Book for studying Linear Algebra

So I'm taking Linear Algebra in college. However, I'm not getting the grades I want and I have sort of difficulties using my teacher's book: it has very formal explanations and a strong lack of examples. I'm looking for a book that has a good explanation of the content and also solved exercises (which is a very important thing that I'm missing). So here is a list of books my college has:

Calculus: T. M. Apostol 1994 Vol. I. and Vol.II Reverté

Linear Algebra and Its Applications: G. Strang 1988 3rd ed. Academic Press

Linear Algebra: S. Lipschutz 1994 Schaum's Outline Series. McGraw-Hill

What is in your opinion the best book for self-study? (I'm going to repeat the examinations next semester but I'll be studying on my own.) If there is a better book than the ones on this list please tell me. Thanks!!

EDIT: I study in a Portuguese-speaking country and we use a Portuguese book.

The contents of the course are:

Systems of linear equations. Gaussian elimination. Vectors and matrices. Inverse matrices. Linear spaces and linear transformations. Linear independence, bases and dimension. Kernel and range of a linear transformation. Applications to linear differential equations. Inner products and norms, orthogonal bases and Gram-Schmidt orthogonalization, orthogonal complements and projection onto subspaces. Applications to equations of straight lines and planes. Least squares approximations. Determinants and their applications. Eigenvalues and eigenvectors. Invariant subspaces. Diagonalization of matrices. Jordan forms. Hermitian, skew Hermitian, and unitary transformations. Quadratic forms.

• Is your course heavy on calculations, or is it more like proofs and theorems? Jan 14 '16 at 18:59
• If you just want exercises to work through that have solutions given, get a book like this.
– user137731
Jan 14 '16 at 19:08
• I often teach from Lay's book for undergraduate classes. Jan 14 '16 at 19:11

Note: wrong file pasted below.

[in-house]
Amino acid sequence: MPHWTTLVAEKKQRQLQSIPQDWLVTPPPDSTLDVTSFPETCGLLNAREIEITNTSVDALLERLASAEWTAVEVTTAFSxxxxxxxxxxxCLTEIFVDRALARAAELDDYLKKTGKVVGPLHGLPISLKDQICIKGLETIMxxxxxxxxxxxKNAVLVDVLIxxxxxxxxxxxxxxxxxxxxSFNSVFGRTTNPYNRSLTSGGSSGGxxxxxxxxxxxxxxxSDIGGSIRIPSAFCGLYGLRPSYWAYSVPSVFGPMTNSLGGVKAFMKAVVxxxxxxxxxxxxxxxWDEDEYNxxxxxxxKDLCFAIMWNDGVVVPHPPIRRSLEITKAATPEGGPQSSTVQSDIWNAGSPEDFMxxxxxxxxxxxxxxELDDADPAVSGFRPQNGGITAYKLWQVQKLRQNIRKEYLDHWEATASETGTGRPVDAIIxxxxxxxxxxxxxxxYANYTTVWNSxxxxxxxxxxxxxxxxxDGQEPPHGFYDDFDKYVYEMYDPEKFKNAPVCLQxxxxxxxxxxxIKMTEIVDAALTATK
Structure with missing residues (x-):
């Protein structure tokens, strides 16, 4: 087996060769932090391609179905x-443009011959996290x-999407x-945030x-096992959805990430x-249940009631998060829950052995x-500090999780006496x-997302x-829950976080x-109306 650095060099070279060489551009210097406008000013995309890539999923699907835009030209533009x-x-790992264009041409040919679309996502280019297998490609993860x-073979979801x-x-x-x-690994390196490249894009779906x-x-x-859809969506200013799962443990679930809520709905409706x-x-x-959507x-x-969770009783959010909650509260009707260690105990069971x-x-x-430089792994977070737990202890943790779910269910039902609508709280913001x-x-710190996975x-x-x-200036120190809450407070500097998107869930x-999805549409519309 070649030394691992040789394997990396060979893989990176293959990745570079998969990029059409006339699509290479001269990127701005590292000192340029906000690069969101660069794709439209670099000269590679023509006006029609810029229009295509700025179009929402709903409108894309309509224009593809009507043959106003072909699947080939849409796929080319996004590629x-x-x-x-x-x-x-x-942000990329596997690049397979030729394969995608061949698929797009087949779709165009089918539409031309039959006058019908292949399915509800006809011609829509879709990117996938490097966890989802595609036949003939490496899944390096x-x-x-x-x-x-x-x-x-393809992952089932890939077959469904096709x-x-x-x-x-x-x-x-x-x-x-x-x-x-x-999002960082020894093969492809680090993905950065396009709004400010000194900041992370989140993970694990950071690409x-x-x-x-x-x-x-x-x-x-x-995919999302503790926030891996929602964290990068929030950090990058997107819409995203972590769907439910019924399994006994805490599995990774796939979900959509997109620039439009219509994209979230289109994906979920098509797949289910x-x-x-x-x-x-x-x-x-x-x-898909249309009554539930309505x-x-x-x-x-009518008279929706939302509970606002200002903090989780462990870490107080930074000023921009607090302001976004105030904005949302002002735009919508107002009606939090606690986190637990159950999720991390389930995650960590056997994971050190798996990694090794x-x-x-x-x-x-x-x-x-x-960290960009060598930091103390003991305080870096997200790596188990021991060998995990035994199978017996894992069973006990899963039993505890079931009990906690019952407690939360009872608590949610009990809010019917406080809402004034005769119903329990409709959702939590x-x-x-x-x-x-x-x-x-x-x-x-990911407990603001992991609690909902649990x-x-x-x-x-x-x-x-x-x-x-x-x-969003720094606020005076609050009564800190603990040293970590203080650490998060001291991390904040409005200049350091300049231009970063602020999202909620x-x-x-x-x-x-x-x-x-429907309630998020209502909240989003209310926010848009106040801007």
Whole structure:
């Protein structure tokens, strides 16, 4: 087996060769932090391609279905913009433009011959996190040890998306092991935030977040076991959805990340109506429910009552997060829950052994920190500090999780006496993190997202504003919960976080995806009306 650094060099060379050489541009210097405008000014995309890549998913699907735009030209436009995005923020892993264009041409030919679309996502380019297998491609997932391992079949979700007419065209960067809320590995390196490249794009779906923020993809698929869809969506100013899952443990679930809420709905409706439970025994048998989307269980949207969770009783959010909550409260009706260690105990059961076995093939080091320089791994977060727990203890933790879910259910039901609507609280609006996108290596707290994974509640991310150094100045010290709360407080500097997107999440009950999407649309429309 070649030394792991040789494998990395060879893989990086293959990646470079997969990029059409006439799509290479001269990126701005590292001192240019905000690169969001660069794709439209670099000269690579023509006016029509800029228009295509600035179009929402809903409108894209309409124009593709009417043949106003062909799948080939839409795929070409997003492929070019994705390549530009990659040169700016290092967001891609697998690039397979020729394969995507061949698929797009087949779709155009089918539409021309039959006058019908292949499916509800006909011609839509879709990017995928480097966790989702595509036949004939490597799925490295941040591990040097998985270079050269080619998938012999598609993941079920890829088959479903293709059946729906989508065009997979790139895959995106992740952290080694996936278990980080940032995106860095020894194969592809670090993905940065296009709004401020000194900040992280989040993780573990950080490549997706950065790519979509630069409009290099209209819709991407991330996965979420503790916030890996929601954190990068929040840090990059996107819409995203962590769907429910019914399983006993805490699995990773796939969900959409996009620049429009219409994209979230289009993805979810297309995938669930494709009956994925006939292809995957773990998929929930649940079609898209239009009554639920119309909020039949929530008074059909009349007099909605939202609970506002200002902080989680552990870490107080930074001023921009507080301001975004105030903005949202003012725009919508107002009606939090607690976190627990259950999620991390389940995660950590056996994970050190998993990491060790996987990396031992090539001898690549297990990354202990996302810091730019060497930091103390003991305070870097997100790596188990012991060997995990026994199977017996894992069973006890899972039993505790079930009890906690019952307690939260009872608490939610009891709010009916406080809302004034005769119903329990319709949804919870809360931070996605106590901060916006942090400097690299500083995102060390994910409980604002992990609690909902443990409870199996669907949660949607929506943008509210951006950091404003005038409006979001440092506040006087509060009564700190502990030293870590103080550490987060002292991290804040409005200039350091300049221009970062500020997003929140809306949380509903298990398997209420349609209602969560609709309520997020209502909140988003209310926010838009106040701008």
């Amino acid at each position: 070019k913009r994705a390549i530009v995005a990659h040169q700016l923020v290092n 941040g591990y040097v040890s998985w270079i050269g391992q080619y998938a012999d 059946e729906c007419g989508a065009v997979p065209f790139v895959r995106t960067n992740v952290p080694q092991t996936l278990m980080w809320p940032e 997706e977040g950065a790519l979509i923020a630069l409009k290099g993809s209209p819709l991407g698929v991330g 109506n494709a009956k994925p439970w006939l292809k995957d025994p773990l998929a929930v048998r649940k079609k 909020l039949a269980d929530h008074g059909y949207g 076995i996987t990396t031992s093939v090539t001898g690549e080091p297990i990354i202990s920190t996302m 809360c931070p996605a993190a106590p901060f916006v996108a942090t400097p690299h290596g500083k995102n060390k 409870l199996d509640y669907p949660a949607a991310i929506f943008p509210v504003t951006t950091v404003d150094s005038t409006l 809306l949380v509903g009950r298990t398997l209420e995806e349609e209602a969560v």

• I have oodles of solved stuff and resources posted at supermath.info/LinearAlgebra.html Jan 14 '16 at 19:29
• Possible duplicate of What is a good book to study linear algebra? Jan 14 '16 at 22:09

I can heartily recommend Linear Algebra, as I am the author. Coverage is what you asked for, with an emphasis on improving students's mathematical maturity, including lots of examples using computations. It is totally Free and you can also get a physical book from Amazon if you prefer that. There are completely solved answers for all exercises, on the web page (click on the question for the answer and click on the answer for the question). In addition, the beamer slides do different examples from the book, so that's twice as many examples right there.

Look for Strang's Introduction to Linear Algebra. It has a feymannesque quality that I could not find in any other textbook. I specially recommend it if you lean toward Computer Science. I am doing a minor in Mathematics and my class uses Friedberg's Linear Algebra. While a very rigorous text, it is also very cold and non motivating. You want to read the novel, go for Strang's. I have also used Leon's Linear Algebra with applications in a previous computational course.

• Although I am pretty limited in my math abilities, I understand the content of Strang's book. This tells a lot, believe me... In addition you have free access to his lectures through the MIT courseware site (18.06). The lecture follows the chapter of the book. May 16 '18 at 17:36

For my undergraduate linear algebra course, I used Friedberg's book, 4th ed. http://www.amazon.com/Linear-Algebra-4th-Stephen-Friedberg/dp/0130084514/ref=sr_1_1?ie=UTF8&qid=1452808996&sr=8-1&keywords=friedberg+linear+algebra

This book will cover both the technical and abstract concepts of linear algebra while also providing many different types of examples and applications of linear algebra. These will include all the concepts you have listed and there are plenty more topics should you be interested.

A potential drawback of the book is that it is geared for the more mathematically-leaning student. There will be proofs and you will build linear algebra in a more axiomatic fashion. Of course the advantage of this is that matrices are no longer ad hoc. It will describe and prove explicitly how one obtains a bijective correspondence between matrices and linear functions between finite dimensional vector spaces upon fixing a basis.

I find an old book

A.I. Kostrikin, Yu.I. Manin, Linear algebra and geometry. Translated from the second Russian edition by M. E. Alferieff. Algebra, Logic and Applications, 1. Gordon and Breach Science Publishers, New York, 1989. x+309 pp.

quite readable. It appears to match the contents of your course (and goes beyond it) and, as far as I recall, has a fair share of examples.